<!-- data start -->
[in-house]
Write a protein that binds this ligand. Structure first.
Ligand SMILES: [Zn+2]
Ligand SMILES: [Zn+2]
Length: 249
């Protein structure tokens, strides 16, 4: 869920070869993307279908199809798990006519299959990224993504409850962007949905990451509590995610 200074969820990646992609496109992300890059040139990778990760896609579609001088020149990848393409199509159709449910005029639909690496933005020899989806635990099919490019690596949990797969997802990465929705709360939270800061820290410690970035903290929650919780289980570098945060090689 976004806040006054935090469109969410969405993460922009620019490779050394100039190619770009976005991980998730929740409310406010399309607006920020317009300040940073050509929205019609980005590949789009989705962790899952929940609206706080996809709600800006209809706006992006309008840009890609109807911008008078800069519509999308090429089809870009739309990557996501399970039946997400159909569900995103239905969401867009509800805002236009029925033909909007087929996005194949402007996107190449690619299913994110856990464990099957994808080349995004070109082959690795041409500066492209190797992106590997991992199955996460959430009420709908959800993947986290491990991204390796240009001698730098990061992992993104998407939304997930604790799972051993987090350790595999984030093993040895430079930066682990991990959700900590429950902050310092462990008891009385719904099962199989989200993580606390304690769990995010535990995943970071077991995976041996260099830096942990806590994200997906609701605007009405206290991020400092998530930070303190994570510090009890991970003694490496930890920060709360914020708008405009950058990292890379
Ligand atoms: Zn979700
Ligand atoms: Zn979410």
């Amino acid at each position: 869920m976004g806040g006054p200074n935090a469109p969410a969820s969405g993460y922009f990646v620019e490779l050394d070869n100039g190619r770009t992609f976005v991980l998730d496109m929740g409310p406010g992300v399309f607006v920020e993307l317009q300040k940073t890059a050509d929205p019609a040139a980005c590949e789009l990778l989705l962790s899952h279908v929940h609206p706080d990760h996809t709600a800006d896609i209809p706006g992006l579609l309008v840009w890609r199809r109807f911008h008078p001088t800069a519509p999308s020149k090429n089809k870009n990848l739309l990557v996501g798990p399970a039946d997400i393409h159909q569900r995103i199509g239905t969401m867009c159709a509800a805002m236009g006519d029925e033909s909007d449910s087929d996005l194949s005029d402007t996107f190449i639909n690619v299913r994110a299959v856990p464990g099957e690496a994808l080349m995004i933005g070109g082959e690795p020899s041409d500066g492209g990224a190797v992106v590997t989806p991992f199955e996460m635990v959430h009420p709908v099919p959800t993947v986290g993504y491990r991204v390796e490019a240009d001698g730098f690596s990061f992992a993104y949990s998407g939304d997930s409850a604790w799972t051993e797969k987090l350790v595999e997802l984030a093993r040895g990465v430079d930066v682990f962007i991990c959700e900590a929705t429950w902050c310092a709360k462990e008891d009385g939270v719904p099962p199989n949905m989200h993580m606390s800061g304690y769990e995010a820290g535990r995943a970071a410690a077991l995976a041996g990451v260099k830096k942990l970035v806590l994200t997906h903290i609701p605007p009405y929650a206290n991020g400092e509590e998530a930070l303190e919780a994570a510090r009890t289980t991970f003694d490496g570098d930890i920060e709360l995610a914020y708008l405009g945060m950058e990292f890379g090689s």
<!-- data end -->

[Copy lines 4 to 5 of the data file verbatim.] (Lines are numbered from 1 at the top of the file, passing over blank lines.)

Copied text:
Ligand SMILES: [Zn+2]
Length: 249